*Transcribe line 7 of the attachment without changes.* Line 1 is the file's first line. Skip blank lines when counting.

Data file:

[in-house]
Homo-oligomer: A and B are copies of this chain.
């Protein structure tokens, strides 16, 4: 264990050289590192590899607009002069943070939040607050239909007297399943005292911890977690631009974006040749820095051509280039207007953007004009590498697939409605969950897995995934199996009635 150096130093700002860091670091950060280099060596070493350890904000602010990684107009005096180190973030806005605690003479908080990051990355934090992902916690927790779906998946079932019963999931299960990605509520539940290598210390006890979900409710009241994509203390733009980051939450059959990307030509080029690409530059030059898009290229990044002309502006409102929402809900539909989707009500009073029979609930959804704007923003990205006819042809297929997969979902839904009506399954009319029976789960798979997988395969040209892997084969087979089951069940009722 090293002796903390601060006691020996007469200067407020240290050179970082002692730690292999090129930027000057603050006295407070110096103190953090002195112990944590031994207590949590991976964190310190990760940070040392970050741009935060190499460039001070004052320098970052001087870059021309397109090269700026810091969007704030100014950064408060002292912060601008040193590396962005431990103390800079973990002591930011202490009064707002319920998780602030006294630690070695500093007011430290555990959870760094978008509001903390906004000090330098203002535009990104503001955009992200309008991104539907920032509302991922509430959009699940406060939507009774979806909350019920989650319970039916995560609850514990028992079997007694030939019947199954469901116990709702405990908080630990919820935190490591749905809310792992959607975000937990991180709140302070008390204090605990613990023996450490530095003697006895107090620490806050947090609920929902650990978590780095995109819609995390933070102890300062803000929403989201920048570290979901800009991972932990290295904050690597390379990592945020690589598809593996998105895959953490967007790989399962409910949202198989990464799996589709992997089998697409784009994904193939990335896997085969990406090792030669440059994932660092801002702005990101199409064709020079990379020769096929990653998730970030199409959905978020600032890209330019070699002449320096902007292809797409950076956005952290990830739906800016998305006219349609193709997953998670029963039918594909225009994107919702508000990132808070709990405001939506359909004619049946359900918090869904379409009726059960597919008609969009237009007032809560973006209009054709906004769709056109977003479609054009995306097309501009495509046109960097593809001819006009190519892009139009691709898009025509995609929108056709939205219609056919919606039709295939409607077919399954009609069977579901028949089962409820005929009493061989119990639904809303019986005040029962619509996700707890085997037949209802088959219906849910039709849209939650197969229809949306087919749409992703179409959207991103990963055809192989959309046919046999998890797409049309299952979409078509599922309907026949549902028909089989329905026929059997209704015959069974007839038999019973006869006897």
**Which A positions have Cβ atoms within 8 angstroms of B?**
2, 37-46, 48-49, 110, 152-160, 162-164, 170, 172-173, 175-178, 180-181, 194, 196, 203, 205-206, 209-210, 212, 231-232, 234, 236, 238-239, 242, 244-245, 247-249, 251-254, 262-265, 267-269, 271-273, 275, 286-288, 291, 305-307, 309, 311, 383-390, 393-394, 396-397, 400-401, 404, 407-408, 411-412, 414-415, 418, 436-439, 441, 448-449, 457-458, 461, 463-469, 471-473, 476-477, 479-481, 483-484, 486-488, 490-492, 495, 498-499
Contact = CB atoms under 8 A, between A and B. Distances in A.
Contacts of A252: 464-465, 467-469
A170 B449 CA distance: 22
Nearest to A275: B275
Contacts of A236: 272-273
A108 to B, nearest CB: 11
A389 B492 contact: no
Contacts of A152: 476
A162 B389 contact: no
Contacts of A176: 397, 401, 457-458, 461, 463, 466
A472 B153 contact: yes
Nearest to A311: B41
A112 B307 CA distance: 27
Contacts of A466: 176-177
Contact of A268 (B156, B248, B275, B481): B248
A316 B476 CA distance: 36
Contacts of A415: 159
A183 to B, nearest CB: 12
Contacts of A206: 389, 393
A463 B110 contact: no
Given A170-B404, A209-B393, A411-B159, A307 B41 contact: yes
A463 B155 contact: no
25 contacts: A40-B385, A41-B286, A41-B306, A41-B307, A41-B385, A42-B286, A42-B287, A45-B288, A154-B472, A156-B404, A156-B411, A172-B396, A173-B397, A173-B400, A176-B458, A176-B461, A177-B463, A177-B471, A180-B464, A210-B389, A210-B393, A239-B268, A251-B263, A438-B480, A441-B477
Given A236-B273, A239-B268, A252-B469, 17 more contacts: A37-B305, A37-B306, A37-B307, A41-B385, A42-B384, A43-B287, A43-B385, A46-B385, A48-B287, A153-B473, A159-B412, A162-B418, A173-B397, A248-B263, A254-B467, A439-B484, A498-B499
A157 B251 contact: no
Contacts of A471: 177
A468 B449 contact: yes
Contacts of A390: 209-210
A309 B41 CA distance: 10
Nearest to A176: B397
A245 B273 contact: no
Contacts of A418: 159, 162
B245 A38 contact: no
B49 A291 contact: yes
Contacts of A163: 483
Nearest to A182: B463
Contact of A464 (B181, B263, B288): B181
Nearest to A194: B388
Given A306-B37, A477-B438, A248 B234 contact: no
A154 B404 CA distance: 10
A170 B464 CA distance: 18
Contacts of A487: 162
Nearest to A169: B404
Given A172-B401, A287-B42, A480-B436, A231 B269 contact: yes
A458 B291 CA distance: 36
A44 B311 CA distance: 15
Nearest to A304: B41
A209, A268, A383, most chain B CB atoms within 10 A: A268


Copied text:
Contacts of A252: 464-465, 467-469